The chromomycin CmmA acetyltransferase: a membrane-bound enzyme as a tool for increasing structural diversity of the antitumour mithramycin.
Bottom Line: Some of the compounds showed improved activities against glioblastoma or pancreas tumour cells.The CmmA acetyltransferase was located in the cell membrane and was shown to accept several acyl-CoA substrates.All these results highlight the potential of CmmA as a tool to create structural diversity in these antitumour compounds.
Affiliation: Departamento de Biología Funcional e Instituto Universitario de Oncología del Principado de Asturias (I.U.O.P.A), Universidad de Oviedo, Oviedo, Spain.Show MeSH
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Mentions: Two sugars (l‐chromose B and one d‐oliose) in 2 are acetylated at the C4 hydroxyl groups (Fig. 1). These acetyl groups are incorporated into the molecule by the chromomycin acetyltransferase CmmA (Menéndez et al., 2004b). Since these groups greatly increase the antitumour activity of 2, we decided to use CmmA in order to generate acetylated derivatives of 1 with high antitumour activity. To achieve this, we performed a bioconversion experiment by growing the wild‐type strain Streptomyces griseus ssp. griseus (chromomycin A3 producer) that was subsequently fed with 1. These cultures were then extracted and analysed by HPLC‐MS. In addition to 1, a new peak was detected showing the same absorption spectrum than 1, but with higher retention time and an m/z value in positive mode of 1128 (data not shown). This is in agreement with compound 1 with one acetyl group attached. We also tested if this acetylation event was CmmA‐dependent by running a bioconversion experiment using S. griseus C10A as host (cmmA‐ mutant). No acetylated mithramycin was obtained in these conditions confirming that CmmA is required for this acetylation process (data not shown). This result showed that CmmA was flexible enough to be able to acetylate 1. The bioconversion efficiency using the wild‐type strain was rather low (approximately 14%). Most probably this was due to the fact that the acetyltransferase CmmA has more affinity to its genuine substrate and/or was mainly committed to the biosynthesis of 2. With the aim of improving the production of acetylated derivatives of 1, we tested the bioconversion efficiencies as biocatalysts of different mutant strains of S. griseus affected in biosynthesis of 2. These mutants (C60GI, C10GII, G10GIII and G10GIV; Fig. 2) expressed the acetyltransferase CmmA but were blocked in glycosylation steps taking place before the acetylation of sugars, and therefore preventing the synthesis of potential natural substrates for CmmA. When any of these mutants was used in bioconversion experiments with 1 as substrate, higher production of monoacetylated mithramycin 11 was obtained. Since S. griseus C10GIV was more efficient than the other mutant strains in the bioconversion experiments (35% of conversion, Fig. 3A), it was selected as biocatalyst for further experiments.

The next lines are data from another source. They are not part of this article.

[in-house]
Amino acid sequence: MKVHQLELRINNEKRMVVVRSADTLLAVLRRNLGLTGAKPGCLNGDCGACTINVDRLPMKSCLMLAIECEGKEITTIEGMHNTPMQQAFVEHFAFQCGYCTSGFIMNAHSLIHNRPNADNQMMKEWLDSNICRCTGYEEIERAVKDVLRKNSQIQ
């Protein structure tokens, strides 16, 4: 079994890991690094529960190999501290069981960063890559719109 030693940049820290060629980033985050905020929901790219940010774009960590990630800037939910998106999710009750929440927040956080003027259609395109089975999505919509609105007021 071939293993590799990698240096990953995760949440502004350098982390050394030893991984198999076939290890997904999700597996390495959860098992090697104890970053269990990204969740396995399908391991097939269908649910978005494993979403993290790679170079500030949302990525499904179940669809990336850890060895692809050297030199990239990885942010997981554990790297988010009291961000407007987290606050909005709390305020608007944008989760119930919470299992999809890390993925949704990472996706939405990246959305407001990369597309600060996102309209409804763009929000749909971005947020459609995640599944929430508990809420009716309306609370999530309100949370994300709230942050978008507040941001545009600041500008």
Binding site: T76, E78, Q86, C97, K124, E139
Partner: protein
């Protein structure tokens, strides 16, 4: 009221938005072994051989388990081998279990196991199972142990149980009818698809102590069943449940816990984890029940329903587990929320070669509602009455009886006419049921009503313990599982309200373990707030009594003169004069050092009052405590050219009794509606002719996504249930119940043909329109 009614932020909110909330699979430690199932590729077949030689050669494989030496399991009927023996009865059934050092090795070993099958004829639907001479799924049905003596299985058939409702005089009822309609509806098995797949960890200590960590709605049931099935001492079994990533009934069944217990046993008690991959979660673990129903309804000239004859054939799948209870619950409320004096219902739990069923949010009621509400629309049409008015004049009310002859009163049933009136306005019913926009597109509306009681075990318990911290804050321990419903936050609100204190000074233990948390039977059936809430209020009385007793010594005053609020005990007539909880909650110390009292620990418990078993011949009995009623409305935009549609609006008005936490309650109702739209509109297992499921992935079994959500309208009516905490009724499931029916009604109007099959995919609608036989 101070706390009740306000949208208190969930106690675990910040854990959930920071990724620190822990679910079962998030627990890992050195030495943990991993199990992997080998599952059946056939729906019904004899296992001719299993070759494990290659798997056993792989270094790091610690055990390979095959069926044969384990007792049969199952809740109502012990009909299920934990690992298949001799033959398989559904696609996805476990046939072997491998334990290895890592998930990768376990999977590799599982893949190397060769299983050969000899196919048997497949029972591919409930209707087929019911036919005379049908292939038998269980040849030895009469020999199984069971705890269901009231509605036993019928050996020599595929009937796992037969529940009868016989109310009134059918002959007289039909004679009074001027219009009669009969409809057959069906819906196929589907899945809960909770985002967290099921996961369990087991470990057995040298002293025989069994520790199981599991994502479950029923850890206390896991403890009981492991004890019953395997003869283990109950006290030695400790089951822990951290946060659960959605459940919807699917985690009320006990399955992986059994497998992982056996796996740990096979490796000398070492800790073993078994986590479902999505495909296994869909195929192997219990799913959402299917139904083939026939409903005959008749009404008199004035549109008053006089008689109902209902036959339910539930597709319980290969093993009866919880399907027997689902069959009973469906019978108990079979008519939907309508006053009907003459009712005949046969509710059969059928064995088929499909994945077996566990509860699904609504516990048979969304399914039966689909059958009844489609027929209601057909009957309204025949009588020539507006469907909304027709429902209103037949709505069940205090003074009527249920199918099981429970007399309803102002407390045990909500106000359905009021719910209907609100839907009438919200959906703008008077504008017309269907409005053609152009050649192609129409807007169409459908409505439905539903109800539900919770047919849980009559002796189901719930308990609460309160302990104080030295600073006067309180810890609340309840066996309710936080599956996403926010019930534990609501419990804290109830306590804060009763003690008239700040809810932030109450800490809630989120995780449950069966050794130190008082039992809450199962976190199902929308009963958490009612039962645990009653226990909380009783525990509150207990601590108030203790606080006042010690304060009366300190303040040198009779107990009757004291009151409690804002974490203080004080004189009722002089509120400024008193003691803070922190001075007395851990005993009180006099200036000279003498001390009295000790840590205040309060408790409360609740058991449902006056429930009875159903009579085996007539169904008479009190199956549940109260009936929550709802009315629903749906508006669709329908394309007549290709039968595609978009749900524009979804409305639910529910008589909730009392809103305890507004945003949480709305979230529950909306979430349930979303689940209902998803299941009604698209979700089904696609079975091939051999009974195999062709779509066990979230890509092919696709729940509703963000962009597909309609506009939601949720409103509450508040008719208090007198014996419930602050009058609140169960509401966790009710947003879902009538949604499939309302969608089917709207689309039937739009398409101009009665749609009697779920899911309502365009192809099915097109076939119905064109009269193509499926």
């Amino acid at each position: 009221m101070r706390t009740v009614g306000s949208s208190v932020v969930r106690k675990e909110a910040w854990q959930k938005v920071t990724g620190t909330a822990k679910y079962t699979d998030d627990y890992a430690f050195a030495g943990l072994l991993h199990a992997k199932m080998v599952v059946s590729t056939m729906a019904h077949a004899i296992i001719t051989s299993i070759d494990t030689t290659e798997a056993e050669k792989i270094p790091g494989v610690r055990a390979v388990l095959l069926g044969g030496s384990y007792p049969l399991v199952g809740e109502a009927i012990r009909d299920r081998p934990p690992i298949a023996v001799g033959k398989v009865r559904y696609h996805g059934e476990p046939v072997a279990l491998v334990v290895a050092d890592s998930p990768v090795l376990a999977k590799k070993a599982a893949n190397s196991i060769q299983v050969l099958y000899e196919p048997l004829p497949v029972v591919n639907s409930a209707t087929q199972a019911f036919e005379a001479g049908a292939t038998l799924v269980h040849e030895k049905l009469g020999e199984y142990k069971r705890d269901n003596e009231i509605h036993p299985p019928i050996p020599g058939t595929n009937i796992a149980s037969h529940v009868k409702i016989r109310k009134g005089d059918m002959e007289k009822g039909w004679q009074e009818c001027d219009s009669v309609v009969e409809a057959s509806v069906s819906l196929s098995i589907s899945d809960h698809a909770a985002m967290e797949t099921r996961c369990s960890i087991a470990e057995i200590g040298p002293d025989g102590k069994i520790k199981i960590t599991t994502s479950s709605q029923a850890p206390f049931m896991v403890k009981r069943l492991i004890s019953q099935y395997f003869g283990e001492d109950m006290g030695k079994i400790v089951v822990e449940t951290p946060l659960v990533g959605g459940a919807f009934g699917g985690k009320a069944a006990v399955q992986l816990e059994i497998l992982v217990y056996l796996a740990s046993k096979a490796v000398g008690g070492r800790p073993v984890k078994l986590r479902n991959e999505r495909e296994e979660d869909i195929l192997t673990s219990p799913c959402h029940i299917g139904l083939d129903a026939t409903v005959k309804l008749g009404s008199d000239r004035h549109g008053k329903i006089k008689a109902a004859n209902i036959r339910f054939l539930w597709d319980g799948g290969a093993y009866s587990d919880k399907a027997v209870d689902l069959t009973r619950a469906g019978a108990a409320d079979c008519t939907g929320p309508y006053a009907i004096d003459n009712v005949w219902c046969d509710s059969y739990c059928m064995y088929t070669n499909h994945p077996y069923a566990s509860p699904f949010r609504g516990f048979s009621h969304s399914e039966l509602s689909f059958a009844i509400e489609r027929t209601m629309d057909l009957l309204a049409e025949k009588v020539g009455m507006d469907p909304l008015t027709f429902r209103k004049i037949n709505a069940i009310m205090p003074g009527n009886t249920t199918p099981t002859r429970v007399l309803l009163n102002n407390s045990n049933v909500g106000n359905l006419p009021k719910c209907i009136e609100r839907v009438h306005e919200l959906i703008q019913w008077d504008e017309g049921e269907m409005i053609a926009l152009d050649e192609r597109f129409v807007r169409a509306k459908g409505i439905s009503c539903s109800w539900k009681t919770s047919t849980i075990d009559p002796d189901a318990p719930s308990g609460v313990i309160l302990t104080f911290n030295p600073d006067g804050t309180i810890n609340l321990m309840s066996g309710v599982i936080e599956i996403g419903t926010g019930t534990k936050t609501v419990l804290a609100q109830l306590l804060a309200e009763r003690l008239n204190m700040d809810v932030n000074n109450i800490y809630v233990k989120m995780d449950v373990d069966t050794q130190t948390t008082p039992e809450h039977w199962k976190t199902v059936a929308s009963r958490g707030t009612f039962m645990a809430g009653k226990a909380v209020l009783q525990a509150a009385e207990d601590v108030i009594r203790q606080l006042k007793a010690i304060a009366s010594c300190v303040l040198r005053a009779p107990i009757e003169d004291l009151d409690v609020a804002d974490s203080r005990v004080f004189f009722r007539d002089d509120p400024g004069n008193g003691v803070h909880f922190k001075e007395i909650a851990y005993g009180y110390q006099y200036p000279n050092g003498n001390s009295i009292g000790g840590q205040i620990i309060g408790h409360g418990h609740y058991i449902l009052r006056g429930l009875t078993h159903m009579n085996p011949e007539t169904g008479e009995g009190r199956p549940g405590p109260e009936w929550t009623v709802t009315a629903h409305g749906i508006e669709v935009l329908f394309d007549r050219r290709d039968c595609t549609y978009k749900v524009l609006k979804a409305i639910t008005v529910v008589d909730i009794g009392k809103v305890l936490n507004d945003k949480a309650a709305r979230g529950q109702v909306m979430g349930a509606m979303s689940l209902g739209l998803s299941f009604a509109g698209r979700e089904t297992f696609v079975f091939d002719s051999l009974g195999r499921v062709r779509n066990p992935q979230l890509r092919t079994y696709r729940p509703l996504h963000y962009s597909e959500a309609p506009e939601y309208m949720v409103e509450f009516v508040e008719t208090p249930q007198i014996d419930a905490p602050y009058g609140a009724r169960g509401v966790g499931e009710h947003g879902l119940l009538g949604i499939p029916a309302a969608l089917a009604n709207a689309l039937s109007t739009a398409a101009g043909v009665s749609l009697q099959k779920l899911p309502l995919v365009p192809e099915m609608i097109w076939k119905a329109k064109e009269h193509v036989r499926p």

Affiliation: Departamento de Biología Funcional e Instituto Universitario de Oncología del Principado de Asturias (I.U.O.P.A), Universidad de Oviedo, Oviedo, Spain.